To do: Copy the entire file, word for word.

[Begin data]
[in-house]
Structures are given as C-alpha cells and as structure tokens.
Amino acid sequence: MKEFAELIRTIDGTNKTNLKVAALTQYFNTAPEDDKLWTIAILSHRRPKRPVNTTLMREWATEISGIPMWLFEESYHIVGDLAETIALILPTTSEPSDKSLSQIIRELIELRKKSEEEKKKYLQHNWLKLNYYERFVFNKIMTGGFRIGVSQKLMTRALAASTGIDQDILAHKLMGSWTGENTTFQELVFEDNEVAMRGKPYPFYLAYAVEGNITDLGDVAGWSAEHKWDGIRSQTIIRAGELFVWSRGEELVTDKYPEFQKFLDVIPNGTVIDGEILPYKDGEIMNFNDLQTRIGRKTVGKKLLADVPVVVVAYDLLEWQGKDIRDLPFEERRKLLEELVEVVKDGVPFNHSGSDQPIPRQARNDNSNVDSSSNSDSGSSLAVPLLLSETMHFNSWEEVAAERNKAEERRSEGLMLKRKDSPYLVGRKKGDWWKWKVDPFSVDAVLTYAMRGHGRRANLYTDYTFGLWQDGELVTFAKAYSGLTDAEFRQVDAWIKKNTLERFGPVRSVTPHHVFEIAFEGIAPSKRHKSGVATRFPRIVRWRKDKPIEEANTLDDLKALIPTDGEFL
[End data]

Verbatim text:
[in-house]
Structures are given as C-alpha cells and as structure tokens.
Amino acid sequence: MKEFAELIRTIDGTNKTNLKVAALTQYFNTAPEDDKLWTIAILSHRRPKRPVNTTLMREWATEISGIPMWLFEESYHIVGDLAETIALILPTTSEPSDKSLSQIIRELIELRKKSEEEKKKYLQHNWLKLNYYERFVFNKIMTGGFRIGVSQKLMTRALAASTGIDQDILAHKLMGSWTGENTTFQELVFEDNEVAMRGKPYPFYLAYAVEGNITDLGDVAGWSAEHKWDGIRSQTIIRAGELFVWSRGEELVTDKYPEFQKFLDVIPNGTVIDGEILPYKDGEIMNFNDLQTRIGRKTVGKKLLADVPVVVVAYDLLEWQGKDIRDLPFEERRKLLEELVEVVKDGVPFNHSGSDQPIPRQARNDNSNVDSSSNSDSGSSLAVPLLLSETMHFNSWEEVAAERNKAEERRSEGLMLKRKDSPYLVGRKKGDWWKWKVDPFSVDAVLTYAMRGHGRRANLYTDYTFGLWQDGELVTFAKAYSGLTDAEFRQVDAWIKKNTLERFGPVRSVTPHHVFEIAFEGIAPSKRHKSGVATRFPRIVRWRKDKPIEEANTLDDLKALIPTDGEFL